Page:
• Reduce the municipal property tax rate.

Sections of the Miscellaneous Tax bill effecting Education Property Taxes, Act 175 (H.954)

  • Sec. 1 allows one additional day for towns to make corrections to the grand list (through December 31).
  • Sec. 2 allows towns to request an extension for filing the grand list with the State without having to record the extension with the clerk.
  • Sec. 3 requires towns to segregate funds received from the State for preparing the education grand list.
  • Sec. 4 requires the Department (in consultation with other interested parties) to submit a report to the Legislature by February 1, 2021 regarding transitioning billing and collection of the education property tax from municipalities to the Department.
  • Sec. 5 amends the definition of “owner” for current use to align with the general rule for property taxation.
  • Sec. 6 increases per diem pay for property tax hearing officers to $150 per day.

Renter Rebate

Reforming the Renter Rebate Program, Act 160 (H.934)

  • The name of the Renter Rebate shall be changed to Renter Credit.
  • Rent shall be based on the monthly fair market rent for the area in which the claimant resides, as determined by the U.S. Department of Housing and Urban Development.
  • Although a claimant is required to have been domiciled in Vermont during the entire taxable year, the claimant is required to have rented the specific property for which a credit is requested during at least six calendar months in a taxable year, with exception for claimants receiving a rental subsidy.
    • Credit shall be prorated by the number of calendar months during which claimant rented the property.
    • Months may be non-consecutive.
  • More than one renter per household may be entitled to a credit.
  • Credit shall be based on the claimant’s income.
  • Credit shall be calculated based on other factors that may include:
    • Number of bedrooms; and,
    • Number of personal exemptions claimed by the claimant.
  • Credit shall not exceed $2,500 per year.
  • Claimant is no longer required to obtain a Landlord Certificate from the landlord.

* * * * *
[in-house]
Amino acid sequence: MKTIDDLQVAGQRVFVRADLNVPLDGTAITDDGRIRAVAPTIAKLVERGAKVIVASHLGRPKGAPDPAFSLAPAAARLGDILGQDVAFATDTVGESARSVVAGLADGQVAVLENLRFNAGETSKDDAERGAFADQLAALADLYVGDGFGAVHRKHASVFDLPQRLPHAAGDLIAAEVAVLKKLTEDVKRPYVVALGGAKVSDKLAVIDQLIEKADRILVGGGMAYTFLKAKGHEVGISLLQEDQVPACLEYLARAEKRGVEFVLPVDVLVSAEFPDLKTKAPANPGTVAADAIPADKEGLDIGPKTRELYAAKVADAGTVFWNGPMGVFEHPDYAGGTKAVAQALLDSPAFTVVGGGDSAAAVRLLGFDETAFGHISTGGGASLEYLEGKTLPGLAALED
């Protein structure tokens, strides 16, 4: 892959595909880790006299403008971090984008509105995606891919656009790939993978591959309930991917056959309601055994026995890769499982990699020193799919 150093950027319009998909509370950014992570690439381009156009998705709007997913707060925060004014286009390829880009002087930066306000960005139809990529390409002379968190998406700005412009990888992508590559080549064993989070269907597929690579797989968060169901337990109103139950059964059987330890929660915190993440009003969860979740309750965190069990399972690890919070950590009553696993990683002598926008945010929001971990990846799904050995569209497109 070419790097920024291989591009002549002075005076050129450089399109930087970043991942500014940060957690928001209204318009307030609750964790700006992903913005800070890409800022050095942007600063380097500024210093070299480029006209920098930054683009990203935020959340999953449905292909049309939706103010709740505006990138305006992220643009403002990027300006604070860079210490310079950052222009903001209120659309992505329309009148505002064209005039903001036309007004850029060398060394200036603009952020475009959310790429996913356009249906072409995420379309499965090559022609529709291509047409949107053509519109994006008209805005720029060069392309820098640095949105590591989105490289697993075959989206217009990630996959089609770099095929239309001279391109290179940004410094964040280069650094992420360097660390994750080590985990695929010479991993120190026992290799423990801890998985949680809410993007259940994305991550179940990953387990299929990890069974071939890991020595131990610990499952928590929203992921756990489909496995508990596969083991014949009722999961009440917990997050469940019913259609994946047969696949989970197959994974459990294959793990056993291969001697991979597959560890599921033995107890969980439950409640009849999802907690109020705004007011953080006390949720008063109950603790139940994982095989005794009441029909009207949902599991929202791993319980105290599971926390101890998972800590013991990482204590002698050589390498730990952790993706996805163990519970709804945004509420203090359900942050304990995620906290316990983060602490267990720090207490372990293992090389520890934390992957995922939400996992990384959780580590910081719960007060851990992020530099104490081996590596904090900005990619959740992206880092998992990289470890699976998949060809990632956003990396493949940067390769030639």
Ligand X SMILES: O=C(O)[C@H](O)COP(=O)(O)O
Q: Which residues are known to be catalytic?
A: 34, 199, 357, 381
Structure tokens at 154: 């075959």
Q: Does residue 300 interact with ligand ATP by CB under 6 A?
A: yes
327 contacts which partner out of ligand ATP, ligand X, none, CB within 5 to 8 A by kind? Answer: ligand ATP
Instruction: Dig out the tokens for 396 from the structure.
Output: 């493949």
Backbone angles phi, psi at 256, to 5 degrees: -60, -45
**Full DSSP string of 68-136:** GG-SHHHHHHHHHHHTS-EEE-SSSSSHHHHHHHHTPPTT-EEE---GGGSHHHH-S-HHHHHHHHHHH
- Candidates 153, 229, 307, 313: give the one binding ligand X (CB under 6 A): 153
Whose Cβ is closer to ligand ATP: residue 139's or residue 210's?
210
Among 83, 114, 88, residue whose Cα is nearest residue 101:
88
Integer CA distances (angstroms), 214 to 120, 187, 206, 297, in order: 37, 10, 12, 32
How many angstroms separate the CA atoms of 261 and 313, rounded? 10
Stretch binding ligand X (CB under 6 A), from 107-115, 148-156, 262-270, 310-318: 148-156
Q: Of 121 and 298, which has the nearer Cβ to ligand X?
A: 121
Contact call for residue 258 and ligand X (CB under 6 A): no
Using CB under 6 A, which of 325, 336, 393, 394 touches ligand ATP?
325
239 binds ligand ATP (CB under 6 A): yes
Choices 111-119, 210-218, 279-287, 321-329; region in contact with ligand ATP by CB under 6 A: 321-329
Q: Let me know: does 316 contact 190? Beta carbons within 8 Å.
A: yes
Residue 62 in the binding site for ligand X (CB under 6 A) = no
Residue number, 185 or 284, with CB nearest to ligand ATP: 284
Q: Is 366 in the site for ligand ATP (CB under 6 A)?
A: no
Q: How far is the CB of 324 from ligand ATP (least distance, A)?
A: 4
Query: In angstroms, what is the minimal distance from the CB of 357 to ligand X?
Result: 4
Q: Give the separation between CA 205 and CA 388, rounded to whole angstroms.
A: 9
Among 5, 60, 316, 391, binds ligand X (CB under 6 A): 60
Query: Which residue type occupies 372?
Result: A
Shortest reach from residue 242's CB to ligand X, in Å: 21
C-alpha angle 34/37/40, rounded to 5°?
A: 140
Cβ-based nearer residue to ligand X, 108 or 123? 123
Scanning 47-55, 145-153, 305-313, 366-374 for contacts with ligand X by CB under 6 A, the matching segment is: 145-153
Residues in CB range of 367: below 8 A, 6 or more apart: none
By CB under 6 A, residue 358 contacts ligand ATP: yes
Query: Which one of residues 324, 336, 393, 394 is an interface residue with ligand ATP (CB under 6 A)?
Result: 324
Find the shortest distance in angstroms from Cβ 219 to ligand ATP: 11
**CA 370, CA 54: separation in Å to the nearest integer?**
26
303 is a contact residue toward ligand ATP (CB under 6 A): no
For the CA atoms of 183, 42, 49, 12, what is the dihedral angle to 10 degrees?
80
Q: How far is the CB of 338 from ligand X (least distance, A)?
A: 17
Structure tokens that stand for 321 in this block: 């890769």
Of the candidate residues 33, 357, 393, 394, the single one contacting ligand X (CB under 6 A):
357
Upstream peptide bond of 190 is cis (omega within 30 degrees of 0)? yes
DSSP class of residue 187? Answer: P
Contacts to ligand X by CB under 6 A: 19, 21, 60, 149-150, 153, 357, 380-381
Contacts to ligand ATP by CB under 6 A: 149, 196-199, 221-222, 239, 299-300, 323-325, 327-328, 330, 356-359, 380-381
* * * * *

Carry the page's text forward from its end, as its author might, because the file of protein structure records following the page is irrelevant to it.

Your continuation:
• Landlords are required submit a certificate of rent to the Department on or before January 31 of each year.
  • Effective date: January 1, 2021. This shall apply to claims filed in 2022 and after.

Use Value Appraisals (Current Use Program)

Definition of Housesite, Act 158 (H.674), Sec. 1

  • For the purposes of enrollment in the Current Use program, the new definition of “housesite” specifies that more than one dwelling may share the same housesite, provided the dwellings are contained within a two-acre area.
  • Effective January 1, 2021.

Good standing requirement for enrollees, Act 158 (H.674), Sec. 2

  • Enrollees in the Current Use program must be in good standing with the Department.
  • Effective January 1, 2021.

Regulation and taxation of cannabis and the impact on Current Use, Act 164 (S.54), Sec. 12

  • Sec. 12 states that cannabis establishments shall not be regulated as farming under the Required Agricultural Practices. Also, although cannabis products and crops shall not be considered agricultural products or crops, agricultural land and buildings shall not be ineligible for Current Use because they are used to grow or process cannabis. Other requirements apply. Effective March 1, 2022.

Use Tax Tables adjusted, Act 175 (H.954), Sec. 8

  • In light of the 2018 SCOTUS decision regarding Wayfair v. South Dakota, and subsequent 2019 Vermont statute changes regarding remote sellers’ collection requirements, adjustment of the Vermont Use Tax tables was necessary to more accurately estimate Use Tax liability.
    • Only applies to those with AGI greater than $20,000.
    • Changes maximum calculation to the lesser of $150 or 0.05% of AGI for taxpayers earning greater than $100,001.
    • Effective retroactive to January 1, 2020.

Sections of the Miscellaneous Tax bill effecting Sales Tax, Act 175 (H.954)

  • Sec. 9 amends the time period for determining whether sales made into Vermont require a remote seller or marketplace facilitator to collect and remit Vermont Sales Tax from any preceding 12-month period to the preceding twelve-month period.
  • Sec. 10 repeals the noncollecting vendor reporting requirement to the Department but does not remove the requirement to report to purchasers.

Market-Based Sourcing, effective date, Act 88 (H.760), Sec. 61

  • Technical correction to Act 51 (2019):
    • Market based sourcing took effect on January 1, 2020 and applies to all years starting on or after that date.

Sales Tax on paper bags used by consumers, Act 150 (S.342), Sec. 6

  • The fee (10 cents, generally) to the consumer for paper bags used to carry out products shall not be taxable.
    • A retailer’s purchase of the bags in bulk is subject to sales tax and that tax shall be paid by the retailer.
  • Effective date: July 1, 2020.